Copyright © 2024

The work of Euromaidan Press is supported by the International Renaissance Foundation

When referencing our materials, please include an active hyperlink to the Euromaidan Press material and a maximum 500-character extract of the story. To reprint anything longer, written permission must be acquired from [email protected].

Privacy and Cookie Policies.

75 Years On Russia Again Engaged in a Winter War

75 Years On Russia Again Engaged in a Winter War
Edited by: Russell White

Seventy-five years ago today, Moscow launched what became known as the Winter War against Finland. It used much the same propaganda and tactics it is using against Ukraine now. It faced far greater resistance than its vast disproportion of forces had led it to believe. And thanks to that resistance, it achieved far less than Moscow had expected.

Not surprisingly, many commentators in Ukraine and even in Russia and Finland are drawing parallels between the two Russian wars, parallels which carry with them lessons for all sides about the failures of international diplomacy, the continuities of Russian policies, and the relative importance of arms.

Ukrainian commentator Oleg Shama in an essay in “Novoye vremya” provides the basis for these and other observations conclusions for the present situation in Ukraine and the world as well (…/prinuditelno-osvoboditelnaya-75-let-nazad…).
In August 1939, with the Molotov-Ribbentrop Pact, Hitler and Stalin came up with a grand bargain dividing Europe into spheres of influence, Shama recalls. On the basis of that, Moscow forced the three Baltic countries to capitulate to its demands and then illegally annexed them to the Soviet Union.

But the Finns refused to go along. They “wanted to retain their neutrality” in the looming war, and they recognized that the presence of Soviet forces on their territory would not only be an insult to their independence but would inevitably draw them into that conflict on one side or the other.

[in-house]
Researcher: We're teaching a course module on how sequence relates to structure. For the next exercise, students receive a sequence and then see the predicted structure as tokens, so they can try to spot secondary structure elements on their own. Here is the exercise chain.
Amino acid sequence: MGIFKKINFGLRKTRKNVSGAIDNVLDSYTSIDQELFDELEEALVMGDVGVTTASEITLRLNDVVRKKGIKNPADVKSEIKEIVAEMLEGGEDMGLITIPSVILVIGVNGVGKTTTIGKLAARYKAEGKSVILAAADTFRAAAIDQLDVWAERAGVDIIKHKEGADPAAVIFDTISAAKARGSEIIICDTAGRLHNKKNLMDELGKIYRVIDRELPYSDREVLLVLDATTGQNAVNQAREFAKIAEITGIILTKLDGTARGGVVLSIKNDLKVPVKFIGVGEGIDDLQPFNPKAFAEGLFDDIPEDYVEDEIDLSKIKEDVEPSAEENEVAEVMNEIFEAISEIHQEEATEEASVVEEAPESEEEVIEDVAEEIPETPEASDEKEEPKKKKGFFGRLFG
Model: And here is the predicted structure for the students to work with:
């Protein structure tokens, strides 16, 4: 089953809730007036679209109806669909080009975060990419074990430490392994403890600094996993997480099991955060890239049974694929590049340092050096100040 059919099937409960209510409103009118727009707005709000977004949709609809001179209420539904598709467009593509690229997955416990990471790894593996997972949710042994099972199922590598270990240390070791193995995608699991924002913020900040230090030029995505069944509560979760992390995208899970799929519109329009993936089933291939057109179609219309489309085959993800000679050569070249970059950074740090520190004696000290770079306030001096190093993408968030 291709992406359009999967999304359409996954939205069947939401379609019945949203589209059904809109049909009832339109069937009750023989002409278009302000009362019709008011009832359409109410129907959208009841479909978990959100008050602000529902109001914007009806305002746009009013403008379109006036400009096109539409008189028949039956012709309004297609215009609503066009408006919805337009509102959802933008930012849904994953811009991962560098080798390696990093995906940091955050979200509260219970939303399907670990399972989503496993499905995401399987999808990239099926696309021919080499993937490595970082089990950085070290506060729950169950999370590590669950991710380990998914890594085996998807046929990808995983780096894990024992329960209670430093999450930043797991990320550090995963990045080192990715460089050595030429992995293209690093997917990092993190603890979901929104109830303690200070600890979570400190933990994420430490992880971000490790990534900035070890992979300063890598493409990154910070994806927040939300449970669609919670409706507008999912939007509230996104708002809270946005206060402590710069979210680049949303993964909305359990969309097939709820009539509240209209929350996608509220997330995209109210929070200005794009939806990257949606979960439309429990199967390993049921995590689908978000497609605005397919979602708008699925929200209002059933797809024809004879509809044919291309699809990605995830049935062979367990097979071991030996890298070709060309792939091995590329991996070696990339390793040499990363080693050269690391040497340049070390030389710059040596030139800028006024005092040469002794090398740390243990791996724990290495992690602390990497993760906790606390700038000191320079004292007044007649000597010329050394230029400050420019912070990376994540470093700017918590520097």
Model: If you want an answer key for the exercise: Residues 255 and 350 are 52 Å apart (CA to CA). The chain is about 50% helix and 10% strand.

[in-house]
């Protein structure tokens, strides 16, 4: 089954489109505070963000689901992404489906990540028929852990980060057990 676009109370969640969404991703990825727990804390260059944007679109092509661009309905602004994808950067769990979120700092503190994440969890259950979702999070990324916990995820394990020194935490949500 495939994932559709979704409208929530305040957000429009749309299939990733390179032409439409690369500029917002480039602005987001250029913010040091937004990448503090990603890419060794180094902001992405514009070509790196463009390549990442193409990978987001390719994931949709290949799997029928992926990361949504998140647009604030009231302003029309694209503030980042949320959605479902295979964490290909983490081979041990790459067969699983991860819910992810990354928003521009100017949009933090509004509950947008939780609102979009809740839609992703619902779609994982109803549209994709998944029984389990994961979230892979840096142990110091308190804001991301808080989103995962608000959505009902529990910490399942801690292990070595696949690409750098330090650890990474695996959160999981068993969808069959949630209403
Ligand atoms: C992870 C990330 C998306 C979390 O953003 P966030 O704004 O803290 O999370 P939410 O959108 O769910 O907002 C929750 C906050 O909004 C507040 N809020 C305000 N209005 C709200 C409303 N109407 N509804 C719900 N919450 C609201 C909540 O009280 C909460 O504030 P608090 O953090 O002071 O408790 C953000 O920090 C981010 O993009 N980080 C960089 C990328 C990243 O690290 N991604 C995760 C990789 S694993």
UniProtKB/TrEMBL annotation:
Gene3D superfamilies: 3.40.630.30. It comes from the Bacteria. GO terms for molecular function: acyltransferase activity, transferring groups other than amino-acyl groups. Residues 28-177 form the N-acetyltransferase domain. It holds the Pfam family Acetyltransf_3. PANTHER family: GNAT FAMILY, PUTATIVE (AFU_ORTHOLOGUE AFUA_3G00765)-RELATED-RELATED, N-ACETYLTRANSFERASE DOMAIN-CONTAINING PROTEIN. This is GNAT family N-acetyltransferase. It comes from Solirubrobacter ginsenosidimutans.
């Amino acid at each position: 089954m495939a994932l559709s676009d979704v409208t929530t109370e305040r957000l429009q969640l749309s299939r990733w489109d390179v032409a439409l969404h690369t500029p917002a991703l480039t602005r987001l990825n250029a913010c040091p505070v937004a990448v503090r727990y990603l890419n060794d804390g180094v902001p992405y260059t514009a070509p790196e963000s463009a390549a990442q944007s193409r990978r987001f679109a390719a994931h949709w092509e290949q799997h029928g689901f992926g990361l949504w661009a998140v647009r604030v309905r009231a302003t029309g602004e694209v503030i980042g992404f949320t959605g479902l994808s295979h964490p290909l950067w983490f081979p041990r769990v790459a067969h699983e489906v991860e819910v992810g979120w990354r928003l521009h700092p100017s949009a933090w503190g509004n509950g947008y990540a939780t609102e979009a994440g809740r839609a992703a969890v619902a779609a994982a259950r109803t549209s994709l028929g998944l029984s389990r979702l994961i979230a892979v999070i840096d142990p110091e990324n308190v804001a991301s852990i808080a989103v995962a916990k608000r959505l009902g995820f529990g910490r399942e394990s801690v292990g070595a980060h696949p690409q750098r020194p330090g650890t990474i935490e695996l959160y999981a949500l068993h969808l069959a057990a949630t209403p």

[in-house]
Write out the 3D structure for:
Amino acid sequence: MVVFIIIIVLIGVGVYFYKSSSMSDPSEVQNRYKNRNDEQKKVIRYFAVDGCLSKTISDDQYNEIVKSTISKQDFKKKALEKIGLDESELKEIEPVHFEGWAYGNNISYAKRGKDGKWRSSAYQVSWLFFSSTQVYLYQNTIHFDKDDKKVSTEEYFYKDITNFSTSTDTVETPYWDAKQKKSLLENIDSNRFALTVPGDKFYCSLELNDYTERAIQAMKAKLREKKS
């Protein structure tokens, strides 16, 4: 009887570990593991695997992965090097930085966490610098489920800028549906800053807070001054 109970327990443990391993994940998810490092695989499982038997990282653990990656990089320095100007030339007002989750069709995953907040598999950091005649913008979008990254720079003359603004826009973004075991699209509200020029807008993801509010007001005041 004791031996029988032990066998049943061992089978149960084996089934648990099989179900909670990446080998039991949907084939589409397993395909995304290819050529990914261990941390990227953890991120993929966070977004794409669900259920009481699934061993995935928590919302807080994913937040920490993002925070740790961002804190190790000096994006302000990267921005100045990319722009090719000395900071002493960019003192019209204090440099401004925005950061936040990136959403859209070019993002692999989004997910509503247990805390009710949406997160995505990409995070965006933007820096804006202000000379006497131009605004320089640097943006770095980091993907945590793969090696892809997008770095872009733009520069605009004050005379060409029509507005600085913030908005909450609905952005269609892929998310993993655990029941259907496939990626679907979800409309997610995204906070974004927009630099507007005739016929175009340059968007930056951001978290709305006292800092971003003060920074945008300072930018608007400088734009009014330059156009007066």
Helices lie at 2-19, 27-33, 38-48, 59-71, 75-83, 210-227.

But the Soviet government had no intention of backing away from what it thought were its rights under the Molotov-Ribbentrop accord, Shama says, all the more so because Moscow believed that Finland should be part of the USSR as it had been part of the Russian Empire between 1809 and 1917.

The Kremlin tried diplomacy, demanding in talks with Helsinki that lasted more than a year that Finland rent Khanko Island and agree to a shift in the border 60 kilometers away from Leningrad. Such a concession, Soviet diplomats and generals said, was required to ensure the defense of the northern capital. But the Finns refused and in October 1939 broke off talks.
On November 3, Moscow mobilized the Leningrad military district, and on November 26, Russian special forces organized a provocation involving what Soviet propagandists asserted was an attack on USSR forces by Finnish ones. Helsinki denied involvement and said it would conduct a full-scale investigation. But Moscow wasn’t interested in talks, and on November 30, 1939, Stalin ordered his forces to attack Finland. On that date, Soviet planes dropped 600 bombs on Helsinki, killing 91 Finns.
“Despite Kremlin propaganda,” Shama continues, “the Finns were not prepared for war. Their army consisted of 30,000 soldiers and officers,” and they had been reducing their defense spending for two decades confident that the League of Nations would prevent any attack and guarantee their security.


The unprovoked Soviet attack so angered the Finns that thousands of them immediately took up arms and went to the front, often without uniforms as none were available. Vastly outnumbered in personnel and arms, they were inspired by Marshal Mannerheim who said “we are fighting for our home, faith and fatherland.”
Soviet forces were inspired by a quite different idea: they had been told that they were “freeing the Finnish people from the oppression of the capitalists,” but after a few days Soviet soldiers on Finnish land were asking themselves “Why are we liberating the Finns? They live so well.”

Moreover, the Soviet forces found they had no one to liberate because the Finns withdrew from the border regions, burning their homes and farms so that the Soviets would not get anything they might use against Finland.
On the first day of fighting, the Soviet media announced that in a “liberated” village near the border, a new Finnish government had been formed, headed by Otto Kuusinen, the communist whose revolt Mannerheim had himself put down in 1918. A day later, he signed a mutual assistance pact with the Soviet government to “legalize” the Kremlin’s aggression.